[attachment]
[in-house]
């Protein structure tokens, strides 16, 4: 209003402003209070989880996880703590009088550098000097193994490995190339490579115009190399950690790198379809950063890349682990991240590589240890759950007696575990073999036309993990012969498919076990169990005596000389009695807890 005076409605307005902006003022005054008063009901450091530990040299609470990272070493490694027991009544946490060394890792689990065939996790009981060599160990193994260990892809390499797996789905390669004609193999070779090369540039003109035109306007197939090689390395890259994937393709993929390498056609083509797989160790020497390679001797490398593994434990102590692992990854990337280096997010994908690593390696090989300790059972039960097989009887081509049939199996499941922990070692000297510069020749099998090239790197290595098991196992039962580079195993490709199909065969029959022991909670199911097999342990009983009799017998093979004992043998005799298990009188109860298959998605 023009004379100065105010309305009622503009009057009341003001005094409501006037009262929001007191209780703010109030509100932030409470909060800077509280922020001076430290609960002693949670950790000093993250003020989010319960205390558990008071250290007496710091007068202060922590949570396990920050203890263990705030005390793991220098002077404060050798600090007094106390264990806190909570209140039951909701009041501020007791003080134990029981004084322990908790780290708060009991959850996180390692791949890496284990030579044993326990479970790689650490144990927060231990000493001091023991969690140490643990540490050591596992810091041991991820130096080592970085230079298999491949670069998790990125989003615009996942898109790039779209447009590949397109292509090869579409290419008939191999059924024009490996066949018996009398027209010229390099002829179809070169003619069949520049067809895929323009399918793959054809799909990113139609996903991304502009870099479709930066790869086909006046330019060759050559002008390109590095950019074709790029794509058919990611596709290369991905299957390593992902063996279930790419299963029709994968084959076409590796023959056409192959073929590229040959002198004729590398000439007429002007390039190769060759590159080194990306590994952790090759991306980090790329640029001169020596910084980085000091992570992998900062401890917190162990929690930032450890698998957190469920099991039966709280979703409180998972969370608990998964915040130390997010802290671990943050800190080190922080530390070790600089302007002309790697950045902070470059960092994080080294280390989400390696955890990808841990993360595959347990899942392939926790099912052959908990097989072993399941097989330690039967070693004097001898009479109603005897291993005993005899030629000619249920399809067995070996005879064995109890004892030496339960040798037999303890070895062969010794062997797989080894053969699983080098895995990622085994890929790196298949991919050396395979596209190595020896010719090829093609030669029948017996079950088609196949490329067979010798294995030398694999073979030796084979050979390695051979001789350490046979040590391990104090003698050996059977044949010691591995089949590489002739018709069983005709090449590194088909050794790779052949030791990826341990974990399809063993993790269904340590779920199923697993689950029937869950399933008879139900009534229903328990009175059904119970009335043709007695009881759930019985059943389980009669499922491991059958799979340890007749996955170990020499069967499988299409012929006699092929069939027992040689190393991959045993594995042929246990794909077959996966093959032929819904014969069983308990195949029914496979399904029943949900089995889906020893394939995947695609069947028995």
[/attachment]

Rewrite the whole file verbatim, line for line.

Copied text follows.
[in-house]
């Protein structure tokens, strides 16, 4: 209003402003209070989880996880703590009088550098000097193994490995190339490579115009190399950690790198379809950063890349682990991240590589240890759950007696575990073999036309993990012969498919076990169990005596000389009695807890 005076409605307005902006003022005054008063009901450091530990040299609470990272070493490694027991009544946490060394890792689990065939996790009981060599160990193994260990892809390499797996789905390669004609193999070779090369540039003109035109306007197939090689390395890259994937393709993929390498056609083509797989160790020497390679001797490398593994434990102590692992990854990337280096997010994908690593390696090989300790059972039960097989009887081509049939199996499941922990070692000297510069020749099998090239790197290595098991196992039962580079195993490709199909065969029959022991909670199911097999342990009983009799017998093979004992043998005799298990009188109860298959998605 023009004379100065105010309305009622503009009057009341003001005094409501006037009262929001007191209780703010109030509100932030409470909060800077509280922020001076430290609960002693949670950790000093993250003020989010319960205390558990008071250290007496710091007068202060922590949570396990920050203890263990705030005390793991220098002077404060050798600090007094106390264990806190909570209140039951909701009041501020007791003080134990029981004084322990908790780290708060009991959850996180390692791949890496284990030579044993326990479970790689650490144990927060231990000493001091023991969690140490643990540490050591596992810091041991991820130096080592970085230079298999491949670069998790990125989003615009996942898109790039779209447009590949397109292509090869579409290419008939191999059924024009490996066949018996009398027209010229390099002829179809070169003619069949520049067809895929323009399918793959054809799909990113139609996903991304502009870099479709930066790869086909006046330019060759050559002008390109590095950019074709790029794509058919990611596709290369991905299957390593992902063996279930790419299963029709994968084959076409590796023959056409192959073929590229040959002198004729590398000439007429002007390039190769060759590159080194990306590994952790090759991306980090790329640029001169020596910084980085000091992570992998900062401890917190162990929690930032450890698998957190469920099991039966709280979703409180998972969370608990998964915040130390997010802290671990943050800190080190922080530390070790600089302007002309790697950045902070470059960092994080080294280390989400390696955890990808841990993360595959347990899942392939926790099912052959908990097989072993399941097989330690039967070693004097001898009479109603005897291993005993005899030629000619249920399809067995070996005879064995109890004892030496339960040798037999303890070895062969010794062997797989080894053969699983080098895995990622085994890929790196298949991919050396395979596209190595020896010719090829093609030669029948017996079950088609196949490329067979010798294995030398694999073979030796084979050979390695051979001789350490046979040590391990104090003698050996059977044949010691591995089949590489002739018709069983005709090449590194088909050794790779052949030791990826341990974990399809063993993790269904340590779920199923697993689950029937869950399933008879139900009534229903328990009175059904119970009335043709007695009881759930019985059943389980009669499922491991059958799979340890007749996955170990020499069967499988299409012929006699092929069939027992040689190393991959045993594995042929246990794909077959996966093959032929819904014969069983308990195949029914496979399904029943949900089995889906020893394939995947695609069947028995």